The Oregon Natural Resources Report - Agricultural News from Oregon


The cheap gas ride will not last

January 30, 2015 --

By Cindy
National Corn Growers Association

Not to sound like a lunatic but it may be entirely possible, maybe even likely, the American public will be begging for a return to $3.60 gas in the near future.

I know it sounds crazy, but if you are following the public debate you can already see the discussion heating up to argue the true implications of today’s bargain basement petroleum prices. The euphoria consumers and market analysts alike were experiencing a few weeks ago is wearing off like a cheap wine hangover.

One big concern is that near term economic gains in the US related to cheaper fuel may be overstated and ultimately result in deflation and a global economic slowdown.

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Danger: Private to public land trend

January 28, 2015 --

oca-oregoncattlemenassociationBy Oregon Cattlemen Association

A new trend has started in Oregon. Conservation groups are buying up private lands and turning them over to the state to become public lands. Recently, Western Rivers Conservancy bought the Rattray Ranch in Gilliam County and announced its plans to sell a good portion of the land to the U.S. Bureau of Reclamation.

Keith Nantz, incoming chair of the Young Cattlemen’s Committee, is concerned about the high amount of private lands turnover. He said he fears the lands won’t be properly taken care of as “public agencies are already over extended and can’t take care of what they already have.” He believes that Western Rivers and others haven’t considered all the factors. “I don’t have any doubts the conservancy has good intentions, but I think there needs to be more of a team effort,” Nantz said.

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Farmers host GMO conversations

January 26, 2015 --

gmodBy Oregon Farm Bureau

FB hosted two GMO community conversations this week

These days, almost everyone has at least heard of genetically modified organisms (GMOs) and knows that passions run high on the issue. But few truly understand what they are.

Because so much fear and misinformation abounds on biotechnology, Oregon Farm Bureau decided to host two community conversations for Farm Bureau voting members to learn more about GMOs and how to best communicate the facts on the issue. The guest speaker was Dr. Kevin Folta, a professor with the Horticultural Sciences Dept. & the Graduate Program in Plant Molecular & Cellular Biology at the University of Florida.

Some key takeaways from Dr. Folta’s talk:

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Is the GMO trend turning?

January 23, 2015 --

farm-bureua-usaBy American Farm Bureau Federation

Consumers are tiring of anti-GMO rhetoric: They want facts. You don’t have to put those claims under the microscope to see how shaky the anti-GMO platform is. That’s no surprise to those of us who know the benefits of GM products firsthand, of course. Now, more than ever, is a prime time for us to be sharing our stories about the environmental benefits of biotechnology and the safety of GM foods we feed to our own families without hesitation.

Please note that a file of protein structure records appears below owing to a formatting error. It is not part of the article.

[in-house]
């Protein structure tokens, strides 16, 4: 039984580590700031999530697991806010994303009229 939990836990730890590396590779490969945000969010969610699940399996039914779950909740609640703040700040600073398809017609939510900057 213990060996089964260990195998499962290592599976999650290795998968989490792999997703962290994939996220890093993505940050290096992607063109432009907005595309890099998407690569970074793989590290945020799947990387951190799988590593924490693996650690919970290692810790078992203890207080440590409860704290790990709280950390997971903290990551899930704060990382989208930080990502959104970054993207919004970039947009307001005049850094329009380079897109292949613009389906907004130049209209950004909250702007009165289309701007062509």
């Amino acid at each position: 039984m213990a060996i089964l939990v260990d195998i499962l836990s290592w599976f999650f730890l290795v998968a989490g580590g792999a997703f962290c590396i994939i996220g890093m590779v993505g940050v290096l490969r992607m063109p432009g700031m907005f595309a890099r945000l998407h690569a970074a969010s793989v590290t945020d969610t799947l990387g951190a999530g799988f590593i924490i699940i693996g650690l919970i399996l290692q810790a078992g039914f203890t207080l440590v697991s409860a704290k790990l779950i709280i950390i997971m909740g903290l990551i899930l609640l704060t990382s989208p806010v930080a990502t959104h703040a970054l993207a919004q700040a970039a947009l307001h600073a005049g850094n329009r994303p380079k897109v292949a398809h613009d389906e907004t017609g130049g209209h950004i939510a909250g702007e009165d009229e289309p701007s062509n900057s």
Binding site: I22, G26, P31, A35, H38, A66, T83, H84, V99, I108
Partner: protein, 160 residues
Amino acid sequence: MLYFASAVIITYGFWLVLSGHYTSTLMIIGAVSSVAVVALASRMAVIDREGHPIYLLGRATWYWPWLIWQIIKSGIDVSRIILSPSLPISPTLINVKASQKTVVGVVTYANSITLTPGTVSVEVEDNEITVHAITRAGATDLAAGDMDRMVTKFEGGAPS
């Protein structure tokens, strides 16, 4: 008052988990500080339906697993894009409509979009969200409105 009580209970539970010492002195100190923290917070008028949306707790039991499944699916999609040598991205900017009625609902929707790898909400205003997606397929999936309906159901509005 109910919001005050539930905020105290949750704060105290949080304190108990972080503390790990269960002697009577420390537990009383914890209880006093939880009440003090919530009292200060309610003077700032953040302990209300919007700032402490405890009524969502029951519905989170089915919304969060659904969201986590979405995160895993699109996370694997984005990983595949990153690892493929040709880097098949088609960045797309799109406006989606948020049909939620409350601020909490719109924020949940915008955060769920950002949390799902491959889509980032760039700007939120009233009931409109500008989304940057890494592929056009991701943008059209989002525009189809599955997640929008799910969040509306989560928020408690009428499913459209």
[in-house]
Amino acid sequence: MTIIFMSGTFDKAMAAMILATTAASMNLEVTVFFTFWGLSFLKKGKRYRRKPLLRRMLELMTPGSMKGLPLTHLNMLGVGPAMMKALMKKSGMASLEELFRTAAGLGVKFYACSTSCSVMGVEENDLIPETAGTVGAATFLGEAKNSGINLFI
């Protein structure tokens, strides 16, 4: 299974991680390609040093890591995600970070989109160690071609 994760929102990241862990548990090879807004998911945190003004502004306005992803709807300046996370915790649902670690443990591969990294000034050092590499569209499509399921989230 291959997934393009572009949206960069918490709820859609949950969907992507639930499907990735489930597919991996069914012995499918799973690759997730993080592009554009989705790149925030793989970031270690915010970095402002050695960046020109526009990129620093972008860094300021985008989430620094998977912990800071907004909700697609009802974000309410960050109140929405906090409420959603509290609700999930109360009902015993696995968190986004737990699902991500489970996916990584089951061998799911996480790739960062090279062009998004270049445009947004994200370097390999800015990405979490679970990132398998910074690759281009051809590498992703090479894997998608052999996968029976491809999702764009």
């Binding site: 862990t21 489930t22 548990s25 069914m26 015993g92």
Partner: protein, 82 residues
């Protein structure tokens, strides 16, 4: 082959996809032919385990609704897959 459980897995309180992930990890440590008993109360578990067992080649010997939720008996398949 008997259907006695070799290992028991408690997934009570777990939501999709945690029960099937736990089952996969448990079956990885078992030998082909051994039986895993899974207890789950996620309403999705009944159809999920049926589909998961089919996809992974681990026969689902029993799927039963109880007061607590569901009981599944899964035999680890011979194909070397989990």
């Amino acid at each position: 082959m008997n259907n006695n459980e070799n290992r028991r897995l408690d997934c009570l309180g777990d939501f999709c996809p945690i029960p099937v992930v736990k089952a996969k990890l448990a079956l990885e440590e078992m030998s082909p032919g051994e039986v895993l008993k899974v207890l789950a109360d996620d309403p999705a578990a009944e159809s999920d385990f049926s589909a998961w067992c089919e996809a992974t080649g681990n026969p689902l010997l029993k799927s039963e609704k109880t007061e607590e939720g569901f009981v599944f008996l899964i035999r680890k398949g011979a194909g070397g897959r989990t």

Research and common sense back up what farmers and ranchers have long known about GMOs, and others are taking notice. Last October, the Journal of Animal Science released the findings of a new trillion-meal study, the most comprehensive GMO study yet. Animal geneticist Dr. Alison Van Eenennaam analyzed about three decades of livestock data to compare the health of nearly 1 billion animals. Her goal: to see what effect feeding livestock GMOs for over a decade now has had. The answer? None. No difference in the health of the animals, and no effect on the humans who eat those animals. Although this isn’t news to agriculture, the size of the study makes it a game-changer.

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Wildfire bill has 150 Congressional sponsors

January 21, 2015 --

Kurt-schraderCongressman Kurt Schrader

Idaho Congressman Mike Simpson and Oregon Congressman Kurt Schrader reintroduced legislation to make common sense changes to the federal wildfire budget. H.R. 167, the Wildfire Disaster Funding Act, which was cosponsored by nearly 150 Members of Congress and supported by a broad coalition of over 300 organizations in the 113th Congress, aims to make sure the way we budget for wildfire suppression activities makes sense by ending the destructive cycle of fire borrowing and treating catastrophic wildfires like other natural disasters.

“There are a number of steps that we need to take to address forest health and management issues, but fixing the wildfire suppression budget must be the first one,” said Simpson. “Until we address this issue, anything we do to increase needed management activities in the forests, like hazardous fuels removal, timber harvest, conservation, or trail maintenance, will continue to be lost in fire transfers. Fixing the wildfire budget is the critical first step in making our forests healthier and, ultimately, reducing the cost of wildfires in the future.”